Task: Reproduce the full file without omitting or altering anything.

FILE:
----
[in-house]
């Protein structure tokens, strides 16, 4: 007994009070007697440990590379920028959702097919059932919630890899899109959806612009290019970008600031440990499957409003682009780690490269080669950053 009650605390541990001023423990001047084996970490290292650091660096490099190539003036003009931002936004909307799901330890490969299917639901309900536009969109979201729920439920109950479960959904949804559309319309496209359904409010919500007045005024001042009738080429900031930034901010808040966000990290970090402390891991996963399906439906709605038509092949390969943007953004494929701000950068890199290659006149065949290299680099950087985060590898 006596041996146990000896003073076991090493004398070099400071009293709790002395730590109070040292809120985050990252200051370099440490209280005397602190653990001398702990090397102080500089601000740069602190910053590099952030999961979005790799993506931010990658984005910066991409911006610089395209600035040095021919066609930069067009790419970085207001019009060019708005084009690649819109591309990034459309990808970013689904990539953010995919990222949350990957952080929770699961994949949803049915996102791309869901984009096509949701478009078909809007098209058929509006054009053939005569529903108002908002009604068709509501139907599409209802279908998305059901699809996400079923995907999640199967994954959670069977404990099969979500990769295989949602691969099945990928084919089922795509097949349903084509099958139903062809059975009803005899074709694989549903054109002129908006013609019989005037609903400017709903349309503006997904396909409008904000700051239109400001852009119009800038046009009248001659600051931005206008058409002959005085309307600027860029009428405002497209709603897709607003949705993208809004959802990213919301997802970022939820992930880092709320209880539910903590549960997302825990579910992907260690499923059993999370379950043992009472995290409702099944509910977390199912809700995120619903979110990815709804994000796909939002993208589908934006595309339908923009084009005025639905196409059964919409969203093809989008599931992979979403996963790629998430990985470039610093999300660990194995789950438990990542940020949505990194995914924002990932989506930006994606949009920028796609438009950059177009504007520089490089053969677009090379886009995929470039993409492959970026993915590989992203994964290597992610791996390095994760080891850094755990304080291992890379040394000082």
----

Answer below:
[in-house]
């Protein structure tokens, strides 16, 4: 007994009070007697440990590379920028959702097919059932919630890899899109959806612009290019970008600031440990499957409003682009780690490269080669950053 009650605390541990001023423990001047084996970490290292650091660096490099190539003036003009931002936004909307799901330890490969299917639901309900536009969109979201729920439920109950479960959904949804559309319309496209359904409010919500007045005024001042009738080429900031930034901010808040966000990290970090402390891991996963399906439906709605038509092949390969943007953004494929701000950068890199290659006149065949290299680099950087985060590898 006596041996146990000896003073076991090493004398070099400071009293709790002395730590109070040292809120985050990252200051370099440490209280005397602190653990001398702990090397102080500089601000740069602190910053590099952030999961979005790799993506931010990658984005910066991409911006610089395209600035040095021919066609930069067009790419970085207001019009060019708005084009690649819109591309990034459309990808970013689904990539953010995919990222949350990957952080929770699961994949949803049915996102791309869901984009096509949701478009078909809007098209058929509006054009053939005569529903108002908002009604068709509501139907599409209802279908998305059901699809996400079923995907999640199967994954959670069977404990099969979500990769295989949602691969099945990928084919089922795509097949349903084509099958139903062809059975009803005899074709694989549903054109002129908006013609019989005037609903400017709903349309503006997904396909409008904000700051239109400001852009119009800038046009009248001659600051931005206008058409002959005085309307600027860029009428405002497209709603897709607003949705993208809004959802990213919301997802970022939820992930880092709320209880539910903590549960997302825990579910992907260690499923059993999370379950043992009472995290409702099944509910977390199912809700995120619903979110990815709804994000796909939002993208589908934006595309339908923009084009005025639905196409059964919409969203093809989008599931992979979403996963790629998430990985470039610093999300660990194995789950438990990542940020949505990194995914924002990932989506930006994606949009920028796609438009950059177009504007520089490089053969677009090379886009995929470039993409492959970026993915590989992203994964290597992610791996390095994760080891850094755990304080291992890379040394000082």